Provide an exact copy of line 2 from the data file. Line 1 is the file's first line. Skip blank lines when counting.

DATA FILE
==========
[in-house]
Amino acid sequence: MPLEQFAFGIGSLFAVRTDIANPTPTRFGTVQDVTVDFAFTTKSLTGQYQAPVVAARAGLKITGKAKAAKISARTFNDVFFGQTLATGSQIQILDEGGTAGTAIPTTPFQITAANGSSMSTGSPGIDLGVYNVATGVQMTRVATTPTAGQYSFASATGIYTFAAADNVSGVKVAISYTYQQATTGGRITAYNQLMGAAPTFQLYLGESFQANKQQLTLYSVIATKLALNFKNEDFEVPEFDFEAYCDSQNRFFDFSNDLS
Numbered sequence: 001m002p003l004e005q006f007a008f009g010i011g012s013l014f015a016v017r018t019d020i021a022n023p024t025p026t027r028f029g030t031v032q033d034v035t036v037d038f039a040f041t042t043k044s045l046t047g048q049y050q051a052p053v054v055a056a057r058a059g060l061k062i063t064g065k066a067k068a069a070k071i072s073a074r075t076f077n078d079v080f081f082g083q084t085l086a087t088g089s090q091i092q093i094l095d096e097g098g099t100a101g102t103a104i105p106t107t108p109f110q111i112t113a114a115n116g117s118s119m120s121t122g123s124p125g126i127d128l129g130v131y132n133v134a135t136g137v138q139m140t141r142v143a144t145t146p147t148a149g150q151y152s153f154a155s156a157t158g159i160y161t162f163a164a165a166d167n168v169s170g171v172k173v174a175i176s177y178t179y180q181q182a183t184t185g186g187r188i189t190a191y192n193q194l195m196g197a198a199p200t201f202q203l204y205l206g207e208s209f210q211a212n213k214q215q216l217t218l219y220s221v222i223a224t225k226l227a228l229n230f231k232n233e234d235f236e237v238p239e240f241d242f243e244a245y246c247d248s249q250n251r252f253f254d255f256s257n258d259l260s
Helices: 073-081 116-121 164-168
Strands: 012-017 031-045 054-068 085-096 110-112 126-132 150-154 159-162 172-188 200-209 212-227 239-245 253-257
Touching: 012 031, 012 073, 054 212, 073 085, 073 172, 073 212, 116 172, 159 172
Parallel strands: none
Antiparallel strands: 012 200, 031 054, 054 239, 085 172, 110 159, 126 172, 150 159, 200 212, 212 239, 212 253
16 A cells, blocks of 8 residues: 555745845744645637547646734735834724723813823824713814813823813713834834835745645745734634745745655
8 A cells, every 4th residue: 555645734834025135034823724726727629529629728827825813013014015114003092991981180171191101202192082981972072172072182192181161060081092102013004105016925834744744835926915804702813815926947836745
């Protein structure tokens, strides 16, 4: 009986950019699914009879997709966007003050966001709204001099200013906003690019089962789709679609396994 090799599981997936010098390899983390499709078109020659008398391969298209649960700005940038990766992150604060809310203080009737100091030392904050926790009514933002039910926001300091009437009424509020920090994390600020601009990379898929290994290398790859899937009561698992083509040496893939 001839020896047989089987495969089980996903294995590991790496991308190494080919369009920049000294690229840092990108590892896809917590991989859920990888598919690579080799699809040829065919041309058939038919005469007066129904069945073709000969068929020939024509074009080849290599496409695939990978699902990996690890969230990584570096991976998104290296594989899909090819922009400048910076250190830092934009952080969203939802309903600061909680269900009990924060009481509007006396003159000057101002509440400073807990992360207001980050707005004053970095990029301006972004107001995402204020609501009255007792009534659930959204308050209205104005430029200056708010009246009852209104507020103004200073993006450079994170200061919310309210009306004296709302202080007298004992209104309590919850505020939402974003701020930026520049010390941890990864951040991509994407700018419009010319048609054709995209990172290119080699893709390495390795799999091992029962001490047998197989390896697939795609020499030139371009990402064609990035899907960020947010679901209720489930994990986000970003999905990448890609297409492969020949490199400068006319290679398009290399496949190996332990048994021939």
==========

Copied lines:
Amino acid sequence: MPLEQFAFGIGSLFAVRTDIANPTPTRFGTVQDVTVDFAFTTKSLTGQYQAPVVAARAGLKITGKAKAAKISARTFNDVFFGQTLATGSQIQILDEGGTAGTAIPTTPFQITAANGSSMSTGSPGIDLGVYNVATGVQMTRVATTPTAGQYSFASATGIYTFAAADNVSGVKVAISYTYQQATTGGRITAYNQLMGAAPTFQLYLGESFQANKQQLTLYSVIATKLALNFKNEDFEVPEFDFEAYCDSQNRFFDFSNDLS